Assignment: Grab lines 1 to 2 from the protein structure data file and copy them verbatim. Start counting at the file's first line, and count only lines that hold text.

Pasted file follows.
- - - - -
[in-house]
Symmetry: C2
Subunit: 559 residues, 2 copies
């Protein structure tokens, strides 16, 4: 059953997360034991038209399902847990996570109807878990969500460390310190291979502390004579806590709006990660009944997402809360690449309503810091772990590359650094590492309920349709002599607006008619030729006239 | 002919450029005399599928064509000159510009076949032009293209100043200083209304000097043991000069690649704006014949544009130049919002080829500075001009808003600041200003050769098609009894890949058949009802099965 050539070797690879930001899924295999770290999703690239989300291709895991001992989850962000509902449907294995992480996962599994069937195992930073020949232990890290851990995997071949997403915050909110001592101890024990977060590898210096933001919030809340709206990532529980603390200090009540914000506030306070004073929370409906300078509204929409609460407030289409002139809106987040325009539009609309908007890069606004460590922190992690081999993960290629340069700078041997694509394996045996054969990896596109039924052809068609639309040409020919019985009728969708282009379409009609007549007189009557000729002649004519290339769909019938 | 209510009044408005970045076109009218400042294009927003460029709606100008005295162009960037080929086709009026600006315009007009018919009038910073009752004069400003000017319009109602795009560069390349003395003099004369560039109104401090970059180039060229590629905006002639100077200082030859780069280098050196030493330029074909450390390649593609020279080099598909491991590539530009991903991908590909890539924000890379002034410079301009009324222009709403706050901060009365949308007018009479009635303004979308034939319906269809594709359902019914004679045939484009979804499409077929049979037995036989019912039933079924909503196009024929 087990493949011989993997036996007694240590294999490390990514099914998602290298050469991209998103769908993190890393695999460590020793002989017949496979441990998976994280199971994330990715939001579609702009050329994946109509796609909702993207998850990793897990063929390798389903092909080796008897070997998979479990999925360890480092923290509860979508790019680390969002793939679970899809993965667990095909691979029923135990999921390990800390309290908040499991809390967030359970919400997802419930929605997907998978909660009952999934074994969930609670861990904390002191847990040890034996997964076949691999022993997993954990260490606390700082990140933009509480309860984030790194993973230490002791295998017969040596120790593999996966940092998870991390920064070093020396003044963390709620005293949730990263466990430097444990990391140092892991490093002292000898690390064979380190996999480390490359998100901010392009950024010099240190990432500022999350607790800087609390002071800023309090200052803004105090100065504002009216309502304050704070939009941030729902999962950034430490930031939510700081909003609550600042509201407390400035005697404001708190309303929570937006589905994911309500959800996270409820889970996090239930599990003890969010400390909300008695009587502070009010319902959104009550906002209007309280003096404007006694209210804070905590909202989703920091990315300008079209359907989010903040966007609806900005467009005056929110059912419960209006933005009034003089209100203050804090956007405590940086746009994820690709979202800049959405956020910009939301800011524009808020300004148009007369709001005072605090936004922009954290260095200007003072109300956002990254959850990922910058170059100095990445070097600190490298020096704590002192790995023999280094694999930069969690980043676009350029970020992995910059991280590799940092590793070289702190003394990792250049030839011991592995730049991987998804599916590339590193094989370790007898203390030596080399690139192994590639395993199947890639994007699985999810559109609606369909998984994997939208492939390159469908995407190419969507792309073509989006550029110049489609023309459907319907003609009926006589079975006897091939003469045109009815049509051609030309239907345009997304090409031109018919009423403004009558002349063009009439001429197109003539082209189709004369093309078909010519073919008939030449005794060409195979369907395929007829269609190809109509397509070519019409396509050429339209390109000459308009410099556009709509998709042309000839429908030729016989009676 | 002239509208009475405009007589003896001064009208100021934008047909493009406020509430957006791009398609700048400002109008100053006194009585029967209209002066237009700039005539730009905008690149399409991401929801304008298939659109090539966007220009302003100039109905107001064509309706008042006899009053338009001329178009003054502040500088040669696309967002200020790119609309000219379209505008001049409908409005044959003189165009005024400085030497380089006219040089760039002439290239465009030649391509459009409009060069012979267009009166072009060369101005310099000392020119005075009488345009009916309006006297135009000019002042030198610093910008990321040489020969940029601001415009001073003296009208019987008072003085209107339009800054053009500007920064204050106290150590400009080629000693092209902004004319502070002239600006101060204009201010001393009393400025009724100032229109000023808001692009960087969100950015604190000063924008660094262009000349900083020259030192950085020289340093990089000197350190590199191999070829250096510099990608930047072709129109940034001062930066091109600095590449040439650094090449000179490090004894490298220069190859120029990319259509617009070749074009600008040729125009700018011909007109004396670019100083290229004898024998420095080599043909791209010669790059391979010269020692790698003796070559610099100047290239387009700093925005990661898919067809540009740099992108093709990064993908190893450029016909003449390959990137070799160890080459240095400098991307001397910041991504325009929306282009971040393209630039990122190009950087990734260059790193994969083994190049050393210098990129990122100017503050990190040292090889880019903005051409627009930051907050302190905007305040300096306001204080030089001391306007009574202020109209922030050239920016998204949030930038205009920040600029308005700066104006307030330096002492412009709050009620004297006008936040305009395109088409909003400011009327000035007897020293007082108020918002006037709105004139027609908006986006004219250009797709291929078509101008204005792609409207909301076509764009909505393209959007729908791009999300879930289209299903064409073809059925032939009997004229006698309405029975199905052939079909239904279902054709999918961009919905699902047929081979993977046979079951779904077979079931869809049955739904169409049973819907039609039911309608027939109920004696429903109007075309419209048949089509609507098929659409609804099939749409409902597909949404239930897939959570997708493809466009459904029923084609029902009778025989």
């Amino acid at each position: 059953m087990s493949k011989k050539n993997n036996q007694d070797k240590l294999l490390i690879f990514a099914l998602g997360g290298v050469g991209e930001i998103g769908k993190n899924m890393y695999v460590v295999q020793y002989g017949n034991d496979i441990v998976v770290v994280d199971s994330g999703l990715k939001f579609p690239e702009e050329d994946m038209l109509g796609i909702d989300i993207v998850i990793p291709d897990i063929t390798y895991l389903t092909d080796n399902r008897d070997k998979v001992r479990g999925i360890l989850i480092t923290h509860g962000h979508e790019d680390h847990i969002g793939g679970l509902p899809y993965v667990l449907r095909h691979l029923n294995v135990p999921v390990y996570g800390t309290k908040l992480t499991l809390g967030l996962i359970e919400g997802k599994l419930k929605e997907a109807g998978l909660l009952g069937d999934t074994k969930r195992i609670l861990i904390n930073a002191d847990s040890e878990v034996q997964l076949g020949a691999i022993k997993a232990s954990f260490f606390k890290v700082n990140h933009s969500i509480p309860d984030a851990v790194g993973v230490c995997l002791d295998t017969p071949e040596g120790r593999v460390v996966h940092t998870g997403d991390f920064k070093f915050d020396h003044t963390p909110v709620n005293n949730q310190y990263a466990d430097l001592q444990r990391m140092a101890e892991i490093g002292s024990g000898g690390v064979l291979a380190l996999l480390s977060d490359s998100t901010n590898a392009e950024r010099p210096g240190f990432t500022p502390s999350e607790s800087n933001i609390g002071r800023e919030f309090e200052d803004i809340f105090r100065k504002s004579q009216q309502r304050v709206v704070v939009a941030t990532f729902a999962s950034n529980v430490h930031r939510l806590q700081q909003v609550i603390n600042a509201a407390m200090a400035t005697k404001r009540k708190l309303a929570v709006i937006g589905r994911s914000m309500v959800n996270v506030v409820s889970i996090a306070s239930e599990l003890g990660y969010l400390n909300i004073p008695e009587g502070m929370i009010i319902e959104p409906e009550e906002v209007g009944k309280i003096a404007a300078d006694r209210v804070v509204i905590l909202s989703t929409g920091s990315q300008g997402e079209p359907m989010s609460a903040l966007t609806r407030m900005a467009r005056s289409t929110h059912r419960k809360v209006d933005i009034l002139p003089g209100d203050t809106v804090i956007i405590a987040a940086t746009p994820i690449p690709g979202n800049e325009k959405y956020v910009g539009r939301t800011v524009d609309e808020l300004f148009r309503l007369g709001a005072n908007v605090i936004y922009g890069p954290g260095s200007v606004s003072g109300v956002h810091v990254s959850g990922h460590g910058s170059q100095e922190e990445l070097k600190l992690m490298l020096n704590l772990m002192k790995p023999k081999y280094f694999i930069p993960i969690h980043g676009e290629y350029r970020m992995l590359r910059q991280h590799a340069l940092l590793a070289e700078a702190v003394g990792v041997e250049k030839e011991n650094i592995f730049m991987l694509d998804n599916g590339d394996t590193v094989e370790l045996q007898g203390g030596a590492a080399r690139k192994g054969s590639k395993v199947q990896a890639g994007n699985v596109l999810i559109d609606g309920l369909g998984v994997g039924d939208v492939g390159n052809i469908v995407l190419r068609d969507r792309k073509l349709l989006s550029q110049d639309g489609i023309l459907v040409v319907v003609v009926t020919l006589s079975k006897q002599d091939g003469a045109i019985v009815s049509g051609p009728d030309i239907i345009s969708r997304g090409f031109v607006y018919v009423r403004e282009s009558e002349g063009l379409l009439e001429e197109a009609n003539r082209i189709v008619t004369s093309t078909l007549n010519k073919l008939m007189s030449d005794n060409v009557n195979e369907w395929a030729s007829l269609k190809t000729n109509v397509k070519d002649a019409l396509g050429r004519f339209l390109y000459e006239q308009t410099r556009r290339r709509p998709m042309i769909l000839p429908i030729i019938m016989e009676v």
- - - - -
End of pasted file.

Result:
[in-house]
Symmetry: C2